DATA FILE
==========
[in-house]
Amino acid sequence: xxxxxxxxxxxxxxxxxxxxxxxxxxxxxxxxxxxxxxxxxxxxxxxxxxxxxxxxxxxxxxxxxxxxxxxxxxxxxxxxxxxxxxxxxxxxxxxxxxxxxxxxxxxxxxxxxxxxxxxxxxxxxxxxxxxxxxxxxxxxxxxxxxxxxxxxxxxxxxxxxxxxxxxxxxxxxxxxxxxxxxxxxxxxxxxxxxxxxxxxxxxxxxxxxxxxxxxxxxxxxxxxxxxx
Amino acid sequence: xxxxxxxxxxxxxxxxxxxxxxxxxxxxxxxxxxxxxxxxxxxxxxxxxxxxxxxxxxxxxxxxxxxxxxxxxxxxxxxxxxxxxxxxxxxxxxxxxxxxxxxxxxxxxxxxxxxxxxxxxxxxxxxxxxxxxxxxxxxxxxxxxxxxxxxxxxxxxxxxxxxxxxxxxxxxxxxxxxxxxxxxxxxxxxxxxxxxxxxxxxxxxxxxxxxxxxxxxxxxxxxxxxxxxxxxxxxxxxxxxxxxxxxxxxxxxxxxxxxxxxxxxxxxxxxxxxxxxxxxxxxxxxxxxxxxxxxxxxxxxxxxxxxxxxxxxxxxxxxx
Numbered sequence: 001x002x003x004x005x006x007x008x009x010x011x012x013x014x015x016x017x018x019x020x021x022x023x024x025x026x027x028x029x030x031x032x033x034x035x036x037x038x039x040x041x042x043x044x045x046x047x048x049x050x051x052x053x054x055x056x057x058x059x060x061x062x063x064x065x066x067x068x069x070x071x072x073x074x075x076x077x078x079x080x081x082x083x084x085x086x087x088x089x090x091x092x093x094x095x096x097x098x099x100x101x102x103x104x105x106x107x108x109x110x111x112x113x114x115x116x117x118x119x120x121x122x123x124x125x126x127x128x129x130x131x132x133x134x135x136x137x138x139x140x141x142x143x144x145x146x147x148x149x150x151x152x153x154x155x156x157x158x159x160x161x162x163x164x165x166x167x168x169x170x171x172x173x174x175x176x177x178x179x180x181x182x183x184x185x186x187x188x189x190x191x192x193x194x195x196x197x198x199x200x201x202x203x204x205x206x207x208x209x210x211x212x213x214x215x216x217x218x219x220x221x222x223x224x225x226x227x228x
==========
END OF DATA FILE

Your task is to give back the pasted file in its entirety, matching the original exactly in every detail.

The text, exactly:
[in-house]
Amino acid sequence: xxxxxxxxxxxxxxxxxxxxxxxxxxxxxxxxxxxxxxxxxxxxxxxxxxxxxxxxxxxxxxxxxxxxxxxxxxxxxxxxxxxxxxxxxxxxxxxxxxxxxxxxxxxxxxxxxxxxxxxxxxxxxxxxxxxxxxxxxxxxxxxxxxxxxxxxxxxxxxxxxxxxxxxxxxxxxxxxxxxxxxxxxxxxxxxxxxxxxxxxxxxxxxxxxxxxxxxxxxxxxxxxxxxx
Amino acid sequence: xxxxxxxxxxxxxxxxxxxxxxxxxxxxxxxxxxxxxxxxxxxxxxxxxxxxxxxxxxxxxxxxxxxxxxxxxxxxxxxxxxxxxxxxxxxxxxxxxxxxxxxxxxxxxxxxxxxxxxxxxxxxxxxxxxxxxxxxxxxxxxxxxxxxxxxxxxxxxxxxxxxxxxxxxxxxxxxxxxxxxxxxxxxxxxxxxxxxxxxxxxxxxxxxxxxxxxxxxxxxxxxxxxxxxxxxxxxxxxxxxxxxxxxxxxxxxxxxxxxxxxxxxxxxxxxxxxxxxxxxxxxxxxxxxxxxxxxxxxxxxxxxxxxxxxxxxxxxxxxx
Numbered sequence: 001x002x003x004x005x006x007x008x009x010x011x012x013x014x015x016x017x018x019x020x021x022x023x024x025x026x027x028x029x030x031x032x033x034x035x036x037x038x039x040x041x042x043x044x045x046x047x048x049x050x051x052x053x054x055x056x057x058x059x060x061x062x063x064x065x066x067x068x069x070x071x072x073x074x075x076x077x078x079x080x081x082x083x084x085x086x087x088x089x090x091x092x093x094x095x096x097x098x099x100x101x102x103x104x105x106x107x108x109x110x111x112x113x114x115x116x117x118x119x120x121x122x123x124x125x126x127x128x129x130x131x132x133x134x135x136x137x138x139x140x141x142x143x144x145x146x147x148x149x150x151x152x153x154x155x156x157x158x159x160x161x162x163x164x165x166x167x168x169x170x171x172x173x174x175x176x177x178x179x180x181x182x183x184x185x186x187x188x189x190x191x192x193x194x195x196x197x198x199x200x201x202x203x204x205x206x207x208x209x210x211x212x213x214x215x216x217x218x219x220x221x222x223x224x225x226x227x228x